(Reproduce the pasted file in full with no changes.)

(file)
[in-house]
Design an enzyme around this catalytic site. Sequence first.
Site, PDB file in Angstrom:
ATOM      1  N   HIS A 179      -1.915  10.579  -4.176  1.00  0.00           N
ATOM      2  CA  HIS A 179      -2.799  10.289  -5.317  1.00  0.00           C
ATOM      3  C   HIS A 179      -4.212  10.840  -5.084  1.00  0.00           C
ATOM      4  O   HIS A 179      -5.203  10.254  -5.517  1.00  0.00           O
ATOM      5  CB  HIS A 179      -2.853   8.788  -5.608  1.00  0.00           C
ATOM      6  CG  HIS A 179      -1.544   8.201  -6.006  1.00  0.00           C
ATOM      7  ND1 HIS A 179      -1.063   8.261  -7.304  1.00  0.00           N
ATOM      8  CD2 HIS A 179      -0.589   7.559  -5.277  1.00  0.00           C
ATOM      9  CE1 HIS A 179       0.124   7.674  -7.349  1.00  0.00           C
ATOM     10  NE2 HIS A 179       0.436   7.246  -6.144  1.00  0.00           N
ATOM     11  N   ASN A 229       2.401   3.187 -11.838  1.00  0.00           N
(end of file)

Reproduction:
[in-house]
Design an enzyme around this catalytic site. Sequence first.
Site, PDB file in Angstrom:
ATOM      1  N   HIS A 179      -1.915  10.579  -4.176  1.00  0.00           N
ATOM      2  CA  HIS A 179      -2.799  10.289  -5.317  1.00  0.00           C
ATOM      3  C   HIS A 179      -4.212  10.840  -5.084  1.00  0.00           C
ATOM      4  O   HIS A 179      -5.203  10.254  -5.517  1.00  0.00           O
ATOM      5  CB  HIS A 179      -2.853   8.788  -5.608  1.00  0.00           C
ATOM      6  CG  HIS A 179      -1.544   8.201  -6.006  1.00  0.00           C
ATOM      7  ND1 HIS A 179      -1.063   8.261  -7.304  1.00  0.00           N
ATOM      8  CD2 HIS A 179      -0.589   7.559  -5.277  1.00  0.00           C
ATOM      9  CE1 HIS A 179       0.124   7.674  -7.349  1.00  0.00           C
ATOM     10  NE2 HIS A 179       0.436   7.246  -6.144  1.00  0.00           N
ATOM     11  N   ASN A 229       2.401   3.187 -11.838  1.00  0.00           N